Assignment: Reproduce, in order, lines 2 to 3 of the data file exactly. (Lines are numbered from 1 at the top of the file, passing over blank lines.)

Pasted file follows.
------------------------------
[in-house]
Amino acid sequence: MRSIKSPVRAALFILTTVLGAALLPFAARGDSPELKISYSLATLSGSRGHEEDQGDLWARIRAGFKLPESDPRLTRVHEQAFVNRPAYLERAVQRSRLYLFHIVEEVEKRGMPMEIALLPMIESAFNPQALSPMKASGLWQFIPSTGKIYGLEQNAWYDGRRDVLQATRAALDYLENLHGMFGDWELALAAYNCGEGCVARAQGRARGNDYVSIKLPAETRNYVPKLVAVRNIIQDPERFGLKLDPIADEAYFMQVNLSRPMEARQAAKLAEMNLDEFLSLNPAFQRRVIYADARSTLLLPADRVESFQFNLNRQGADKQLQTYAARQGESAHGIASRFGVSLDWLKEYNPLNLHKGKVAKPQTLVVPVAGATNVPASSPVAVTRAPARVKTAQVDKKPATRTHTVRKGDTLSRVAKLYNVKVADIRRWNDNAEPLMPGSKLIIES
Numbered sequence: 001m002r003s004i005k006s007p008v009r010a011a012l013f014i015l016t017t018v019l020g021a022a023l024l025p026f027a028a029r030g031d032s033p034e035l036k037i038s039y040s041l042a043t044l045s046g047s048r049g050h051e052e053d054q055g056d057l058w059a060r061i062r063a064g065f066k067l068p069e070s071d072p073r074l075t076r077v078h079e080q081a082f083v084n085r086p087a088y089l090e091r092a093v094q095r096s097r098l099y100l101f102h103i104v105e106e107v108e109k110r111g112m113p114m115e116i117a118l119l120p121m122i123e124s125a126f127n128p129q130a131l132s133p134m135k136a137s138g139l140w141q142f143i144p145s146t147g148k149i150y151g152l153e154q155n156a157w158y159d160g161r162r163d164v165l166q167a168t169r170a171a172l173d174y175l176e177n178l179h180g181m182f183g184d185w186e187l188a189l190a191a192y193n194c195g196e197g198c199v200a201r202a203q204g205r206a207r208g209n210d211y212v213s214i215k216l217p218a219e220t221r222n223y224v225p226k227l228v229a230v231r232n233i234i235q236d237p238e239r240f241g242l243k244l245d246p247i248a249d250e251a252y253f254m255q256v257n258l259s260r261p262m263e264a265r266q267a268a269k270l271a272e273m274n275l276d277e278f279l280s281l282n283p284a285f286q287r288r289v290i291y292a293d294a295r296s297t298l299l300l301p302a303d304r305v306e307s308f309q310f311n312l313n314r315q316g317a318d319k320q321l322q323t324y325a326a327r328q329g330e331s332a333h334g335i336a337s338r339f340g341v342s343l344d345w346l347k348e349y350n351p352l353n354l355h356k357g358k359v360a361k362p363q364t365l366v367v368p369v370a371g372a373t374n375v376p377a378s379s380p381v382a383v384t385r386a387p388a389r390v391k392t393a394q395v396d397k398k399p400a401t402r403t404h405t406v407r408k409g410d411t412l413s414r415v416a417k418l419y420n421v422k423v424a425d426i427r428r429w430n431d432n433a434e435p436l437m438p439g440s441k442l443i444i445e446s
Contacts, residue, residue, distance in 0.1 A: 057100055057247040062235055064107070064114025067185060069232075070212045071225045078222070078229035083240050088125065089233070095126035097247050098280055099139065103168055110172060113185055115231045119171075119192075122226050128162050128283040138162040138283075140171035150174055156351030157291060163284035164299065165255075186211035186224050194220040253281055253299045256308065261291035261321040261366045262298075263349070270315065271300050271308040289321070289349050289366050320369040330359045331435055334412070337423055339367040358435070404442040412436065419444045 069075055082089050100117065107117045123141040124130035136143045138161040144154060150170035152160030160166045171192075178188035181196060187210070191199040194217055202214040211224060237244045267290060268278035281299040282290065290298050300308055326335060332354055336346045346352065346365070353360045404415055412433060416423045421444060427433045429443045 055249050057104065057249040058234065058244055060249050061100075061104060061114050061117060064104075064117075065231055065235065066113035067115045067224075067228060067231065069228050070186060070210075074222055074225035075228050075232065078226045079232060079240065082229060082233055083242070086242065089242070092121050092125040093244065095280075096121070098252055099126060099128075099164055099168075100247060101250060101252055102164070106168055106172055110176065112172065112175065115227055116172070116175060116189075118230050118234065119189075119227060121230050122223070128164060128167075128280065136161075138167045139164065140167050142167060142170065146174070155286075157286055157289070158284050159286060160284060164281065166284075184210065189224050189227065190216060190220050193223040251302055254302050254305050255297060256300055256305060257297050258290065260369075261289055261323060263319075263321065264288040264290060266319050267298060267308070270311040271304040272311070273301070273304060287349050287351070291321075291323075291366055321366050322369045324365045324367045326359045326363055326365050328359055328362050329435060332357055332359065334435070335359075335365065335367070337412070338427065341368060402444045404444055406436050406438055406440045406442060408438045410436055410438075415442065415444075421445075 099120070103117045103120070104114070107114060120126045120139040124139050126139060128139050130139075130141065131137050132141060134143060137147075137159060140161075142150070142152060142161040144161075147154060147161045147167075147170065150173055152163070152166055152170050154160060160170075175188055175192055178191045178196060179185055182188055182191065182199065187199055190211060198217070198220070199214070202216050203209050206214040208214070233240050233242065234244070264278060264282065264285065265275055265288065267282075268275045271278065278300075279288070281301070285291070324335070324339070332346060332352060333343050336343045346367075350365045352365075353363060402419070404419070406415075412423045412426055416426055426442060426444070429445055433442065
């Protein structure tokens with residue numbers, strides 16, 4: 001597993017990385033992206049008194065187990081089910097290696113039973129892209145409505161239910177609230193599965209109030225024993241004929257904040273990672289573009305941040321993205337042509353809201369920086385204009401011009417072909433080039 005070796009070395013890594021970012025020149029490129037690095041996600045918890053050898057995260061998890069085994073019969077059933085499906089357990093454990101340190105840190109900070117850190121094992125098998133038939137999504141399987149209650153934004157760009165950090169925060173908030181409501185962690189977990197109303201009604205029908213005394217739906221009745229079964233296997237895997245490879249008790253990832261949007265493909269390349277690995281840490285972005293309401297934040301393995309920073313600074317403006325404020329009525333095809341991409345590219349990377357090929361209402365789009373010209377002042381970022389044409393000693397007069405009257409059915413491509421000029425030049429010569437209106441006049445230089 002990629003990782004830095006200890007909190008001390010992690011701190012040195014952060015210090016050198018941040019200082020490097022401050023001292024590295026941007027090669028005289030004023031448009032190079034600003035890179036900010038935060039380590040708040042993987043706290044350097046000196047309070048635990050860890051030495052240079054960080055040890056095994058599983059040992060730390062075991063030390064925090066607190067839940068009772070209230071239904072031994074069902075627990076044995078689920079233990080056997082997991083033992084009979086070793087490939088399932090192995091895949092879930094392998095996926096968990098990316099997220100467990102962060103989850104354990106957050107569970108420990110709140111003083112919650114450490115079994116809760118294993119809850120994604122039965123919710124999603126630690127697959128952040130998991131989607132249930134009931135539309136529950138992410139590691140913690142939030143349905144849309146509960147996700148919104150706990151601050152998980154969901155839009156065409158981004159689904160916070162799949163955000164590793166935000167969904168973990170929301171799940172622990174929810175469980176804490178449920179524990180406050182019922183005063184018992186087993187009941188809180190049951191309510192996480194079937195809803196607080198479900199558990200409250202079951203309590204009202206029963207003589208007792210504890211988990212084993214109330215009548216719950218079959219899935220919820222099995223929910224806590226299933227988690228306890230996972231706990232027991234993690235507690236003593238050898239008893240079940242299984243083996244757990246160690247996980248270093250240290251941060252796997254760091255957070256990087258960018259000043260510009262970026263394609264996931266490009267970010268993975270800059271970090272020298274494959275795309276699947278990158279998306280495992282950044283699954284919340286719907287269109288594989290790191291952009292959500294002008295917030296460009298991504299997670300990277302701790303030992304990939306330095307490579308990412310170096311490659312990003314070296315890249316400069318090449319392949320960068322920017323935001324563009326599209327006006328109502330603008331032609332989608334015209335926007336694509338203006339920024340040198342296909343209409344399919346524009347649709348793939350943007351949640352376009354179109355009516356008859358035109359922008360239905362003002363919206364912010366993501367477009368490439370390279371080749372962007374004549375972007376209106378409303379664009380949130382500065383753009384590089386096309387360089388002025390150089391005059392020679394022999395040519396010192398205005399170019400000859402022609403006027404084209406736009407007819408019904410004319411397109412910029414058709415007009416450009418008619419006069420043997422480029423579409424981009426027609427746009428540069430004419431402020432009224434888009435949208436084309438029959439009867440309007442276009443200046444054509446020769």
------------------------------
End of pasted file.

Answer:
Amino acid sequence: MRSIKSPVRAALFILTTVLGAALLPFAARGDSPELKISYSLATLSGSRGHEEDQGDLWARIRAGFKLPESDPRLTRVHEQAFVNRPAYLERAVQRSRLYLFHIVEEVEKRGMPMEIALLPMIESAFNPQALSPMKASGLWQFIPSTGKIYGLEQNAWYDGRRDVLQATRAALDYLENLHGMFGDWELALAAYNCGEGCVARAQGRARGNDYVSIKLPAETRNYVPKLVAVRNIIQDPERFGLKLDPIADEAYFMQVNLSRPMEARQAAKLAEMNLDEFLSLNPAFQRRVIYADARSTLLLPADRVESFQFNLNRQGADKQLQTYAARQGESAHGIASRFGVSLDWLKEYNPLNLHKGKVAKPQTLVVPVAGATNVPASSPVAVTRAPARVKTAQVDKKPATRTHTVRKGDTLSRVAKLYNVKVADIRRWNDNAEPLMPGSKLIIES
Numbered sequence: 001m002r003s004i005k006s007p008v009r010a011a012l013f014i015l016t017t018v019l020g021a022a023l024l025p026f027a028a029r030g031d032s033p034e035l036k037i038s039y040s041l042a043t044l045s046g047s048r049g050h051e052e053d054q055g056d057l058w059a060r061i062r063a064g065f066k067l068p069e070s071d072p073r074l075t076r077v078h079e080q081a082f083v084n085r086p087a088y089l090e091r092a093v094q095r096s097r098l099y100l101f102h103i104v105e106e107v108e109k110r111g112m113p114m115e116i117a118l119l120p121m122i123e124s125a126f127n128p129q130a131l132s133p134m135k136a137s138g139l140w141q142f143i144p145s146t147g148k149i150y151g152l153e154q155n156a157w158y159d160g161r162r163d164v165l166q167a168t169r170a171a172l173d174y175l176e177n178l179h180g181m182f183g184d185w186e187l188a189l190a191a192y193n194c195g196e197g198c199v200a201r202a203q204g205r206a207r208g209n210d211y212v213s214i215k216l217p218a219e220t221r222n223y224v225p226k227l228v229a230v231r232n233i234i235q236d237p238e239r240f241g242l243k244l245d246p247i248a249d250e251a252y253f254m255q256v257n258l259s260r261p262m263e264a265r266q267a268a269k270l271a272e273m274n275l276d277e278f279l280s281l282n283p284a285f286q287r288r289v290i291y292a293d294a295r296s297t298l299l300l301p302a303d304r305v306e307s308f309q310f311n312l313n314r315q316g317a318d319k320q321l322q323t324y325a326a327r328q329g330e331s332a333h334g335i336a337s338r339f340g341v342s343l344d345w346l347k348e349y350n351p352l353n354l355h356k357g358k359v360a361k362p363q364t365l366v367v368p369v370a371g372a373t374n375v376p377a378s379s380p381v382a383v384t385r386a387p388a389r390v391k392t393a394q395v396d397k398k399p400a401t402r403t404h405t406v407r408k409g410d411t412l413s414r415v416a417k418l419y420n421v422k423v424a425d426i427r428r429w430n431d432n433a434e435p436l437m438p439g440s441k442l443i444i445e446s